Further straining Rhode Island’s labor market and its overall economy are state population declines, with more residents expected to leave the state than newcomers arriving through 2027, according to S&P.

Rhode Island has already suffered from waning population counts in recent years. The state lost just shy of 1,000 people from 2020 to 2021, according to recently published data from the Internal Revenue Service. Unlike other states, the exodus didn’t cost the state income; adjusted gross income in Rhode Island actually increased by $186.4 million despite the population loss, suggesting greater wealth among those moving to the state than those leaving it.

Rhode Island is poised to see further population declines in the next several years, which will strain its labor market and tax revenue, according to S&P Global Market Intelligence projections.


Early signals of the coming economic slowdown are emerging, as highlighted by the Rhode Island Public Expenditure Council in its quarterly Key Performance Indicators report, published Tuesday. The quarterly report, done in concert with the Center for Global and Regional Economic Studies at Bryant University, shows strong first-quarter employment data in the Ocean State – increasing jobs and net sales tax receipts compared with the fourth quarter of 2022. But employment levels, which rebounded sharply in the wake of the pandemic, have now flattened, according to the report.

Labor market constraints also mean less revenue flowing to state coffers. As of March, personal income tax revenue had come in $76.2 million, or 5.6%, less than expected, according to the R.I. Department of Revenue. The underperforming tax revenue means that the initial $610 million budget surplus projected for fiscal 2023 is likely to shrink.

Michael DiBiase, executive director of RIPEC, said the shrinking surplus will force lawmakers to make tough choices on spending, both in the immediate and long-term future, especially as the state’s windfall of federal stimulus money runs out.

Hard choices ahead

“We’re certainly seeing much less growth in revenues than we are spending,” DiBiase said. “We’re going to have to make some changes, and some hard choices around tax relief and spending.”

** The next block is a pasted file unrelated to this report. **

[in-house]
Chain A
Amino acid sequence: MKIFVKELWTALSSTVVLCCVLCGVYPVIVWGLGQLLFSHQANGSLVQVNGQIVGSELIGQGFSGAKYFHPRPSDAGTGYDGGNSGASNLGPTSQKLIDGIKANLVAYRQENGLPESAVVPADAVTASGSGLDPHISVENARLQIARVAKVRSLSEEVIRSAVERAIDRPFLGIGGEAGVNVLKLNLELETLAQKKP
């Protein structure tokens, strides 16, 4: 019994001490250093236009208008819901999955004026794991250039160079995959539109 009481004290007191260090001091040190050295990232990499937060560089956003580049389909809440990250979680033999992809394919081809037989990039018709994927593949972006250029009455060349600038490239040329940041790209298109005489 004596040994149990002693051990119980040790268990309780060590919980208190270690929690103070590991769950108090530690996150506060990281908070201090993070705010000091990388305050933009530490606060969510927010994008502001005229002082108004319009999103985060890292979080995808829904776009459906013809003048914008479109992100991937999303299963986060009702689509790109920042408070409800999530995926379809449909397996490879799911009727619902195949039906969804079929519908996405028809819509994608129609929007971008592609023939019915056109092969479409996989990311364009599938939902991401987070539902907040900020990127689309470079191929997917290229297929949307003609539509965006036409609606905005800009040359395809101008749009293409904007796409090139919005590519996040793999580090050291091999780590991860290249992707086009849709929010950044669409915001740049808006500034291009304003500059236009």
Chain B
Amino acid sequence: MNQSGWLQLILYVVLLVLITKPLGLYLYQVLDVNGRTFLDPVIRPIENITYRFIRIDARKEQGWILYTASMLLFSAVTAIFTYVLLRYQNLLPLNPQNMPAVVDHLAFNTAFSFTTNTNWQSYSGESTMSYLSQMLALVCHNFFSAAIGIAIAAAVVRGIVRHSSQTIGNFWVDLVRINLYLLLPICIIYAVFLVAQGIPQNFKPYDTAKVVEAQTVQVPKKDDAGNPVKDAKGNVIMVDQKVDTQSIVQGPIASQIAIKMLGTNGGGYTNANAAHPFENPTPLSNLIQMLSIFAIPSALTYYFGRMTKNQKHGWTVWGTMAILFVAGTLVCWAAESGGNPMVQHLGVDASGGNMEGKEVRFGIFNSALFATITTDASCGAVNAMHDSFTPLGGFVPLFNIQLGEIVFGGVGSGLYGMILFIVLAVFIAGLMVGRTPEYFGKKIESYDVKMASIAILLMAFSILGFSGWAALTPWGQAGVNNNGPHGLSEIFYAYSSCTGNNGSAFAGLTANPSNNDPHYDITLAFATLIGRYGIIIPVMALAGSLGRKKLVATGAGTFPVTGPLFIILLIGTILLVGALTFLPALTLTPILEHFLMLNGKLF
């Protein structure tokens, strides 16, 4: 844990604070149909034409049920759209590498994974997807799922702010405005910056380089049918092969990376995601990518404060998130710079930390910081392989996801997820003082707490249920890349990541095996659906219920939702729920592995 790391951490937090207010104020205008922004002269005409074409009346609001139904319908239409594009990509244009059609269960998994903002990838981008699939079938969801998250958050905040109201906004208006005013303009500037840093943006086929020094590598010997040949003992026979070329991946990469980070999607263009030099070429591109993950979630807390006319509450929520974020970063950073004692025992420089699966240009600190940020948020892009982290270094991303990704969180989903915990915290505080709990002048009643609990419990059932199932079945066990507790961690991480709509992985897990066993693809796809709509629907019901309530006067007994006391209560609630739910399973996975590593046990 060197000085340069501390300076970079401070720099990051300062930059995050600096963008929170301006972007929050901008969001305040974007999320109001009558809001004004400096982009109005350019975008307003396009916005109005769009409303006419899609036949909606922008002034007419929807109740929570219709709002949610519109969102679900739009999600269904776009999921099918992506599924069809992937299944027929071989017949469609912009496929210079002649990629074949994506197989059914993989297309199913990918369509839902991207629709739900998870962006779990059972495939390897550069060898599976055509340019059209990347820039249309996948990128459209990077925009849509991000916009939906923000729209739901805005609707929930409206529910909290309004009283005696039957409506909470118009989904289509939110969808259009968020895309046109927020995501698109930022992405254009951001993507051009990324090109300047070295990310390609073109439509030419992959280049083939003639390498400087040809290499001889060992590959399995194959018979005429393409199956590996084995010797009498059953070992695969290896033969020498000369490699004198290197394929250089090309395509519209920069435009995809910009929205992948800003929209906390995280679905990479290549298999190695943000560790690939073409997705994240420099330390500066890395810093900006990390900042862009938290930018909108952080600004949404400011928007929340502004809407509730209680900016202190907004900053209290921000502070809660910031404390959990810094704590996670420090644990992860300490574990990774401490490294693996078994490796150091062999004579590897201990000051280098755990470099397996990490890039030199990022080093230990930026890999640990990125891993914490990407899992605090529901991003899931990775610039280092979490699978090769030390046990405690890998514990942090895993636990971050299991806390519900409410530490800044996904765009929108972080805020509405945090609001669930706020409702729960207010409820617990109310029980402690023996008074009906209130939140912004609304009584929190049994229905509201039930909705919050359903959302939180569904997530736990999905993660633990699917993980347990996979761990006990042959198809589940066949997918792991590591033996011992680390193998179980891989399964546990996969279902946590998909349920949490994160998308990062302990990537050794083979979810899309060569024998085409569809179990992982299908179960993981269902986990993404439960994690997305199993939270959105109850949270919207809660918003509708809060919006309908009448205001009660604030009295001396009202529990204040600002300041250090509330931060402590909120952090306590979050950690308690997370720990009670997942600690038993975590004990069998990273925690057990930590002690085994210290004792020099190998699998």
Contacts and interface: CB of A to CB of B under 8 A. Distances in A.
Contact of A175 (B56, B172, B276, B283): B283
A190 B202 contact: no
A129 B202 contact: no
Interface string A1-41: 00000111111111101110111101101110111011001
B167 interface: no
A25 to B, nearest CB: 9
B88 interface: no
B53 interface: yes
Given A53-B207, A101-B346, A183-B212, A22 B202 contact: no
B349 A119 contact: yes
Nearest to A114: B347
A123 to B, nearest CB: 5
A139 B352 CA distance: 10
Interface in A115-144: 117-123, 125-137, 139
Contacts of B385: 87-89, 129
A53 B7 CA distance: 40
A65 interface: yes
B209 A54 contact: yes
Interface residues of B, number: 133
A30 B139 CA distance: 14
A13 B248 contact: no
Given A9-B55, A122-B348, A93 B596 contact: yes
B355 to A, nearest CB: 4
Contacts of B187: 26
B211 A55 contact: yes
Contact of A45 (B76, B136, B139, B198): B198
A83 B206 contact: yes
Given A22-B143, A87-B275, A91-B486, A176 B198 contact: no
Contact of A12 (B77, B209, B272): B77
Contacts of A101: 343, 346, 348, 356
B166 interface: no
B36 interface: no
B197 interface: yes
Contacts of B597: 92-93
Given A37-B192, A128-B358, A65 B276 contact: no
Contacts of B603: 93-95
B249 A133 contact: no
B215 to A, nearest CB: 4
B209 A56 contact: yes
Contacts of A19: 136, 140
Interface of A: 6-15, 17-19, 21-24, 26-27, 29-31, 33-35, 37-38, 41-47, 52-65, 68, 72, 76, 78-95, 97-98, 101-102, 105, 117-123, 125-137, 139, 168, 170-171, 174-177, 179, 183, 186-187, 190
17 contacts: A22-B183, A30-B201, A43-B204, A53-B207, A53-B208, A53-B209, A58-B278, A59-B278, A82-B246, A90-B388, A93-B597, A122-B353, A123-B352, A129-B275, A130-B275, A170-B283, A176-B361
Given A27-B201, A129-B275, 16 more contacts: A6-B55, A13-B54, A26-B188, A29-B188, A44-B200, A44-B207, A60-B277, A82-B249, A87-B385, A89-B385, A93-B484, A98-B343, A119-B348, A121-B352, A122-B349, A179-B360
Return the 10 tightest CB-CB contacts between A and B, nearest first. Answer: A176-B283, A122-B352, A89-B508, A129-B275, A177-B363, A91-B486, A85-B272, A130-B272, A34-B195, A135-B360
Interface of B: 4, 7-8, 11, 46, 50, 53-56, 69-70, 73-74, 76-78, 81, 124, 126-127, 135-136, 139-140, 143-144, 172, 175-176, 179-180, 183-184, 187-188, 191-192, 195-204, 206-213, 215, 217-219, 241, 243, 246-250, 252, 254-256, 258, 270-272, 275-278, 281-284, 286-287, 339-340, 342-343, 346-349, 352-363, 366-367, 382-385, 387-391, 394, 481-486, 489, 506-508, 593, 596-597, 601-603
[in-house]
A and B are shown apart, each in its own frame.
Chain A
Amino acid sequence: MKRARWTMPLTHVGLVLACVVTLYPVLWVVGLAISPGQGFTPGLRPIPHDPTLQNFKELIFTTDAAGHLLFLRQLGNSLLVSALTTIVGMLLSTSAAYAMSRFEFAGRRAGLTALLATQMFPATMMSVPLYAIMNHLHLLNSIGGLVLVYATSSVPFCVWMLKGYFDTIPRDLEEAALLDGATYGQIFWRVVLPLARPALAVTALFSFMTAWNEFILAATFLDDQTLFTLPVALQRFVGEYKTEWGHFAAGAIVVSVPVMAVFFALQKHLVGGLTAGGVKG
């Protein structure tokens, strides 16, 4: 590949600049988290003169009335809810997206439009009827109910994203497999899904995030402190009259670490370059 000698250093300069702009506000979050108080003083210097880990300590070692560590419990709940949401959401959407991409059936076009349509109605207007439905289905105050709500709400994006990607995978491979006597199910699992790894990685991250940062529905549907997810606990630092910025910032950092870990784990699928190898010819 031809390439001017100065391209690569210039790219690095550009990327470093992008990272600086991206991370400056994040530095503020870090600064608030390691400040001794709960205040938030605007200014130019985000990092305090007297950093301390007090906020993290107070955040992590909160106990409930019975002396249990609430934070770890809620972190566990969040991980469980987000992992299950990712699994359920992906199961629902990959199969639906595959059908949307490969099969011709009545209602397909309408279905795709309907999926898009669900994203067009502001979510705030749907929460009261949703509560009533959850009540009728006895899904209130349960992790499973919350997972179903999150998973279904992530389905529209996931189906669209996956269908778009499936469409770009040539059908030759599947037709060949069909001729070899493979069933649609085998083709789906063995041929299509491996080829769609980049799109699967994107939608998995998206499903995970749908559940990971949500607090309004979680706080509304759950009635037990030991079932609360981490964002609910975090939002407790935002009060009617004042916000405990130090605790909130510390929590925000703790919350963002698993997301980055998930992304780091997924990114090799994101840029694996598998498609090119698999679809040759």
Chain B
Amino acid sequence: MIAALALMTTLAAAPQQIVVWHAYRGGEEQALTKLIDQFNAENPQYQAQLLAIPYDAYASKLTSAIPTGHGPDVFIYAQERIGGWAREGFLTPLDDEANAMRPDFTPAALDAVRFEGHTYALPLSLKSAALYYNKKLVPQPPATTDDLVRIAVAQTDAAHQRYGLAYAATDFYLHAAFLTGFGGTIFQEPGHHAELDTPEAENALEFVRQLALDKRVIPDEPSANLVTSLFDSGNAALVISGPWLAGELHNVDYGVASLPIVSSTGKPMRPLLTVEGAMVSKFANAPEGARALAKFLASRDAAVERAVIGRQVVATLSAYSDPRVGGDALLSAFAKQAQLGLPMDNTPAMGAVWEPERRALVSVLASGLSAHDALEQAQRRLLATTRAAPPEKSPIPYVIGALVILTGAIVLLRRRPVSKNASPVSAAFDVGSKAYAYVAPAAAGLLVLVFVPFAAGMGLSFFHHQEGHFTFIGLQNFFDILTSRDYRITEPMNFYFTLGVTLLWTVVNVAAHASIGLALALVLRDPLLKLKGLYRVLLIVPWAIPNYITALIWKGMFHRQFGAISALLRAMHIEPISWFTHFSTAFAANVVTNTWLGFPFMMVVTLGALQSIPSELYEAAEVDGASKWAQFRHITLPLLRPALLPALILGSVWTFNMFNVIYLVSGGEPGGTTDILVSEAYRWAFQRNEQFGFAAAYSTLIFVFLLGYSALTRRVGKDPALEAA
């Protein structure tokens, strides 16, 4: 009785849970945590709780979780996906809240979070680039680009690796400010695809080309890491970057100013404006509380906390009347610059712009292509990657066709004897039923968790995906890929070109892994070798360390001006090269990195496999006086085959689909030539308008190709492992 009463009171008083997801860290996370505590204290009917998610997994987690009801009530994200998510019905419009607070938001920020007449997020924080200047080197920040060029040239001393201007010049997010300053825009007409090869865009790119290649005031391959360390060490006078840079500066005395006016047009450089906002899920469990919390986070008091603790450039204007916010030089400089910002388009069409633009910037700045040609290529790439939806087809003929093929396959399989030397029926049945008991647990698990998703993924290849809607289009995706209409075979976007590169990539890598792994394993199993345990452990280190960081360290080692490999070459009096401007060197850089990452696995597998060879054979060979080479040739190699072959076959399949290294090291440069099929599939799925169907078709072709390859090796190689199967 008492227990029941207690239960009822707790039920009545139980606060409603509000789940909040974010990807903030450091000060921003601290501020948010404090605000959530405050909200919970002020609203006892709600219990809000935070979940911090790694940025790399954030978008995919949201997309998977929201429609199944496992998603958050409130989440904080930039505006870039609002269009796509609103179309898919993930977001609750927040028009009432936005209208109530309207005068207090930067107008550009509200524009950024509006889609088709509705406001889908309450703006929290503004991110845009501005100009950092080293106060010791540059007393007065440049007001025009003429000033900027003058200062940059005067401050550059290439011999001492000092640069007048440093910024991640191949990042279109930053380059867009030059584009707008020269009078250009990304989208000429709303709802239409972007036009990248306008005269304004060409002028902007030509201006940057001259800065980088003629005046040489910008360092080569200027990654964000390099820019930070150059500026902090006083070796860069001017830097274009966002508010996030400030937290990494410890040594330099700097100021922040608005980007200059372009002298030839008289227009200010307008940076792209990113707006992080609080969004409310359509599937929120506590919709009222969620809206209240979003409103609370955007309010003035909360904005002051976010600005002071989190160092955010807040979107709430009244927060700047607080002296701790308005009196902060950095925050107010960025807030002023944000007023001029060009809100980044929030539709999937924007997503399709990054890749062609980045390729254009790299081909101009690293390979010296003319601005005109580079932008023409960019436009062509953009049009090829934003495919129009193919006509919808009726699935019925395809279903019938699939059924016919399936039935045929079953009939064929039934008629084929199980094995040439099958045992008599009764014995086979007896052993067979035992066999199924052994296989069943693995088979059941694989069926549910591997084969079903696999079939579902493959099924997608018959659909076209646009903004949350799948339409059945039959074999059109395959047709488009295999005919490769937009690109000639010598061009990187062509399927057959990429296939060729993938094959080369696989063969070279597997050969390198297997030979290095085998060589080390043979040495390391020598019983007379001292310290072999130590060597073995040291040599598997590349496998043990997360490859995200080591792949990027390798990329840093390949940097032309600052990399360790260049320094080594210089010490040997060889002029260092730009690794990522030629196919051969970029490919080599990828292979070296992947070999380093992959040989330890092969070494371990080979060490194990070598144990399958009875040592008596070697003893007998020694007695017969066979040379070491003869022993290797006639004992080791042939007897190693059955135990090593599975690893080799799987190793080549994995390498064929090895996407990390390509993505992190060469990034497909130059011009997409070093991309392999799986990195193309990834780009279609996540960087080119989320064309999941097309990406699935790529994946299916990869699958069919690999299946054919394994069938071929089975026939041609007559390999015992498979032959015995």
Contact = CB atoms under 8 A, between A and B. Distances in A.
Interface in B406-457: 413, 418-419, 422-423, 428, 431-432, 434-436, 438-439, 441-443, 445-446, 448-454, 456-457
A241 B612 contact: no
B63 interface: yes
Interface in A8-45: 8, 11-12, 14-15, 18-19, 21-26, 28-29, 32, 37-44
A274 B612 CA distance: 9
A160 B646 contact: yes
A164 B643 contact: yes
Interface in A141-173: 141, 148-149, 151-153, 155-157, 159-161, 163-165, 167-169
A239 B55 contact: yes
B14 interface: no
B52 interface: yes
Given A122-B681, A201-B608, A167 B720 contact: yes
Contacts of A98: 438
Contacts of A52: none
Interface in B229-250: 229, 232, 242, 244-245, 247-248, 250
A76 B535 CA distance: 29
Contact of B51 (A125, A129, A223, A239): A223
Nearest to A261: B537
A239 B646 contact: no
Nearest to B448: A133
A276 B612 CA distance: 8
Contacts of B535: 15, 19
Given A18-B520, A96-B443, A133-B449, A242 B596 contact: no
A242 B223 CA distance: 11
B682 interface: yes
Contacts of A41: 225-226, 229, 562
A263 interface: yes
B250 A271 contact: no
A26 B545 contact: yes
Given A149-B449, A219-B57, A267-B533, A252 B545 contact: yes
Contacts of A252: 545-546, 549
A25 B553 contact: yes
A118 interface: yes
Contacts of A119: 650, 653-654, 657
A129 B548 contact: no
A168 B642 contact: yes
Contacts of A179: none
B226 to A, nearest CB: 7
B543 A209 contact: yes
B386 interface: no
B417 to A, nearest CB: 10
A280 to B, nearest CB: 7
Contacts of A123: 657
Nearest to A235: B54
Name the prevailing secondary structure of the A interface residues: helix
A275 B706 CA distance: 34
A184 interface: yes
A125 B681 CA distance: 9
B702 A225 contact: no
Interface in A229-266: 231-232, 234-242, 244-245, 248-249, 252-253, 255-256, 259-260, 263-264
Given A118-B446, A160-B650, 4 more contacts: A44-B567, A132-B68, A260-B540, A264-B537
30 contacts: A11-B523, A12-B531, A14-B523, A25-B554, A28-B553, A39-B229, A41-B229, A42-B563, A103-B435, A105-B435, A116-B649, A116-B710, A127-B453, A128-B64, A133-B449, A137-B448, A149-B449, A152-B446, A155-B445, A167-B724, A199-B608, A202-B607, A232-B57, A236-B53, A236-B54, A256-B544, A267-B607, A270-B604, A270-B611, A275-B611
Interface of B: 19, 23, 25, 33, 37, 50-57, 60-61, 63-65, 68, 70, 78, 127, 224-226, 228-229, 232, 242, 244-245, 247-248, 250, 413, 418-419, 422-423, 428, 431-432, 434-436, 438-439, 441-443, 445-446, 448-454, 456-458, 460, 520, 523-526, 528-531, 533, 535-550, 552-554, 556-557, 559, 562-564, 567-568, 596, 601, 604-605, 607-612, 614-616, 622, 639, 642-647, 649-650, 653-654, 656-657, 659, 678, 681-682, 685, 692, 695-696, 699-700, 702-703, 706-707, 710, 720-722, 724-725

Choices like education and health and human services, spending for which has grown exponentially in recent years at a rate the state coffers cannot sustain much longer, DiBiase said.

As for the $100 million in tax relief Gov. Dan McKee proposed in his fiscal 2024 budget – ranging from incrementally decreasing the state sales tax, suspending the litter tax paid by businesses and halting increases to the gas tax – any long-term reductions (versus one-time allocations) should be scrutinized more closely, DiBiase said. 

Olivia DaRocha, a spokesperson for McKee, said in an email it was too early to comment on the economic forecasts shared Monday.

“The Revenue and Caseload Estimating Conferences are scheduled to continue through Wednesday, May 10, when updated projections will be adopted by the conferees,” DaRocha said. “Until all the data is available, it is premature to comment on specific portions of testimony provided so far. The Governor’s office will continue to closely follow the testimony over the next several days.” 


Our stories may be republished online or in print under Creative Commons license CC BY-NC-ND 4.0. We ask that you edit only for style or to shorten, provide proper attribution and link to our web site. Please see our republishing guidelines for use of photos and graphics.

Nancy Lavin
Nancy Lavin

Nancy Lavin is senior reporter covering state politics, energy and environmental issues for the Rhode Island Current.